I laughed nervously.



But if I have given the impression that she has escaped the trappings of faith, forgive me. By the time she sat back down on the kitchen table that Sunday, I was laughing a “This never ceases to humour me, why do you bother?” laugh. This was the first time she did not join my laughter. Instead, tapping the empty plate with her fork, she said you know, you know, I really miss fellowships. With faith, religious faith, you never really escape its shadow. You are born into this language, this paradigm, this life. It programs you to find safety and comfort in certain things.


At the same time, she said, you stop being able to stand their righteousness, their dogmatism, the prejudices with which they justify their faith. I don’t know if anything can be true. Isn’t everything true because we believe it is true? Because we believe in it. She stood up, carrying the plates to the sink. Isn’t God God because we believe in him? But I think I am distracting myself because it is prejudices I cannot stand. I can’t stand that for them, the fact that “The Bible said so” is enough. Though the Bible insists no one adds or takes away from it, isn’t it, at the end of the day, a canon? Isn’t there something fishy about a canon, carved and casted as they always are, asking not to be added to or taken away from?

I had nothing to say. I had to think. I was not going to let myself slip into blasphemy.



She turned off the tap and leaned on the sink, facing me. But Uchechi, you know, when I have to go to church with my family, you know, I’m there with the glass-stained windows, canopies outside, the statues of white Jesus and Mary, the candles, the incense, everyone in their Sunday best, gele to the heavens, the building I know best after my family house… and I hate myself thinking all these thoughts in such a holy place. Then sometimes I start playing this game where I guess who else in the congregation could be thinking the same.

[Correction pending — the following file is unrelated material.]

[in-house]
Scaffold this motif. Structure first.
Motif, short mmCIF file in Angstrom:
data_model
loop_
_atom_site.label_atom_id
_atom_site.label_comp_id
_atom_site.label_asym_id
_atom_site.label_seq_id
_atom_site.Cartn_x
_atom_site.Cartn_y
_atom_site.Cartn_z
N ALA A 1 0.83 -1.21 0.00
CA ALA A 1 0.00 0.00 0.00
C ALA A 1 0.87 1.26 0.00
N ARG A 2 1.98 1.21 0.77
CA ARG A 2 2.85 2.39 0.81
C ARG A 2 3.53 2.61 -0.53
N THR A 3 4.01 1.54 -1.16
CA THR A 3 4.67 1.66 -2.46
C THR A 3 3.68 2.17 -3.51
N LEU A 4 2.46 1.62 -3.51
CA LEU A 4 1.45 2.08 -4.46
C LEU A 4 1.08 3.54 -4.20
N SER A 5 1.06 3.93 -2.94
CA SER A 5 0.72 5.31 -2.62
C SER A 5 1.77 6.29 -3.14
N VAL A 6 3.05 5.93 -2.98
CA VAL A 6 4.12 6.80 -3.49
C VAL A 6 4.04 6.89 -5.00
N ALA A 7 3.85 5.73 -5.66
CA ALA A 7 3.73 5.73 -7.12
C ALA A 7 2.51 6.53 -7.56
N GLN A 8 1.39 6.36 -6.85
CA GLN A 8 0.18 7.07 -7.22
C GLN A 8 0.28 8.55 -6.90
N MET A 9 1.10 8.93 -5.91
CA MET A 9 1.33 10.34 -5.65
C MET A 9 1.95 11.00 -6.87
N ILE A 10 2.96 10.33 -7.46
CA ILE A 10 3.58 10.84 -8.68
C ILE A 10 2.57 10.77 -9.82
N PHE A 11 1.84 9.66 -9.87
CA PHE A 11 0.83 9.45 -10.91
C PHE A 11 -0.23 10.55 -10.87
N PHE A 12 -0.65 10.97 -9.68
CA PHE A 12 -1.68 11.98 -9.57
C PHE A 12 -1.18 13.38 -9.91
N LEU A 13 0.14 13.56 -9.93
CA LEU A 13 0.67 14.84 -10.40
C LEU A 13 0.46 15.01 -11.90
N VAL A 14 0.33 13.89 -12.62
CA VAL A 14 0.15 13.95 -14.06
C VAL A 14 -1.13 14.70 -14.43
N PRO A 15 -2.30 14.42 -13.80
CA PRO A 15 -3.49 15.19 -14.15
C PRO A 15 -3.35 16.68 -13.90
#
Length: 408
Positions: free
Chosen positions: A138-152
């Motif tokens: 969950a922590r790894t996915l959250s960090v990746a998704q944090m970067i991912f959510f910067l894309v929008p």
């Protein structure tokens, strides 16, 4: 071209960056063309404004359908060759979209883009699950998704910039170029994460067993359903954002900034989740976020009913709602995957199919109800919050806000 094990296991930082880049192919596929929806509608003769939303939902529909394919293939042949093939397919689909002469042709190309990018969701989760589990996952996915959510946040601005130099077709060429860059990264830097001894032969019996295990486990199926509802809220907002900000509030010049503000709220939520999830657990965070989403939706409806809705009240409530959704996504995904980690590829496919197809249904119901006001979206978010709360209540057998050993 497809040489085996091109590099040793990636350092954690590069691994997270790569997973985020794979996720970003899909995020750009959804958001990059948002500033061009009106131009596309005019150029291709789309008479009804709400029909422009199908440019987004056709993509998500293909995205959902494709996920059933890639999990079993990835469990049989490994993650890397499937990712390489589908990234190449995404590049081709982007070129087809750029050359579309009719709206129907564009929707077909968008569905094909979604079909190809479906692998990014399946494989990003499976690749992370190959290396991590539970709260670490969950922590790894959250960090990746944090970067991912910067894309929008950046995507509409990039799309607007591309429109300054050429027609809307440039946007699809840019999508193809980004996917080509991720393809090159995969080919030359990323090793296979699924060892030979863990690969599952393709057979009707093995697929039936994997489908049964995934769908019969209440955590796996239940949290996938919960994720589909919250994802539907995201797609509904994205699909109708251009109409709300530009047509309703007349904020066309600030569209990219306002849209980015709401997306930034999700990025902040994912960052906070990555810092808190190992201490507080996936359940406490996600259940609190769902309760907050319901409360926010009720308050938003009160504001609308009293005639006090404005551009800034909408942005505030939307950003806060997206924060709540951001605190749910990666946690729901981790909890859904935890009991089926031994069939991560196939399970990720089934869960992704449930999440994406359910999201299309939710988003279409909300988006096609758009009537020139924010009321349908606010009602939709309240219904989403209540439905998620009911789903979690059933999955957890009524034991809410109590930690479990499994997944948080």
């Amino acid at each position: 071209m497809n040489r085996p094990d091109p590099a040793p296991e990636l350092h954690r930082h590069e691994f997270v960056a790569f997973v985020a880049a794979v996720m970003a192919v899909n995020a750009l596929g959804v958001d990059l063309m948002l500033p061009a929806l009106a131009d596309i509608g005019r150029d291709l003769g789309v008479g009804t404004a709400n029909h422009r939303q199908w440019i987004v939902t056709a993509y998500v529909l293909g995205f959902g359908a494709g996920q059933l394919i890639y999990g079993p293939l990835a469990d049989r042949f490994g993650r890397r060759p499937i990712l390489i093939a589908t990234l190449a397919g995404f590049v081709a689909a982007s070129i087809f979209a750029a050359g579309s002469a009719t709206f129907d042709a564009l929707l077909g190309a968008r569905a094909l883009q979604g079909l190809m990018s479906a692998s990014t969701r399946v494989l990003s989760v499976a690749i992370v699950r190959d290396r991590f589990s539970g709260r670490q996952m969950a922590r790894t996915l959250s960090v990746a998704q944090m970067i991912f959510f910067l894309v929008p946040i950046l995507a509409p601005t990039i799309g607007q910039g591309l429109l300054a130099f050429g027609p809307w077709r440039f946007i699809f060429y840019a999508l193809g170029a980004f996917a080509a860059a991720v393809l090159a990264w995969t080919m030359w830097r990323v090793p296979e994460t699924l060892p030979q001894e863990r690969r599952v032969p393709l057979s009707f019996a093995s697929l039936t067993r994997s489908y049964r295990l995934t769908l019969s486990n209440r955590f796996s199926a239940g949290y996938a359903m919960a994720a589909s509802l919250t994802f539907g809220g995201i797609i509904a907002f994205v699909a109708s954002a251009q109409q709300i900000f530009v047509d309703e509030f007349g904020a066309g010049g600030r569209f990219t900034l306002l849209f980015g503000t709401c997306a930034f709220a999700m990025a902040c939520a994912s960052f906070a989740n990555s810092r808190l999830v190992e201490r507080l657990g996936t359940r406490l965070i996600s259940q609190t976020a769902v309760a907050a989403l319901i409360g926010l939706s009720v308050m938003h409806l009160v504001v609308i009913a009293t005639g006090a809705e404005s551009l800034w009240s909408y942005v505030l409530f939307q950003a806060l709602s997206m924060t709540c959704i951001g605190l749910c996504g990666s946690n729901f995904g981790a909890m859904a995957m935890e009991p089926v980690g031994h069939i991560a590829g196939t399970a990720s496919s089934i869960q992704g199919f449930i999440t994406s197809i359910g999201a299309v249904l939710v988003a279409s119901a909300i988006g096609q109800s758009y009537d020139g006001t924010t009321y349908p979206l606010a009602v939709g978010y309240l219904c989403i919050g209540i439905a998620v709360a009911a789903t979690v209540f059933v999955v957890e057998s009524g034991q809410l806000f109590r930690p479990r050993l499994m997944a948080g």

Only sometimes. Not everyday thinking thinking, sometimes chow that communion bread and move on. She turned back to the sink.



I told her that I could not imagine that she would eat communion bread while thinking such blasphemous thoughts. Isn’t that… disrespectful? Can’t she just go on going to church without having to disrespect the Eucharist?

But then my family will know this is, this has all been a lie, she said, and it will break their heart. My mother will die thinking she won’t see me in the afterlife, and isn’t that her joy, her peace.

And so what if they know, I asked, isn’t that a lesser wrath than incurring the wrath of God, even if you say you don’t believe in Him?

For you maybe, she replied.

But just because you do not believe in something, does not mean it cannot affect you. The white men did not believe in traditional religions. That did not mean the juju was not alive. Don’t you watch Nollywood films?

Well, I mean, and here we are with Christianity. That says something. But that aside, again I don’t know… One of these days, I’ll ask my dad about how he felt abandoning his father’s
traditional religious practices. But I think he’ll probably say something like, it wasn’t hard
because Jesus is the way, truth and life… I still remember the day they finally got my grandfather baptized. Sis, I guess tides turn every now and then.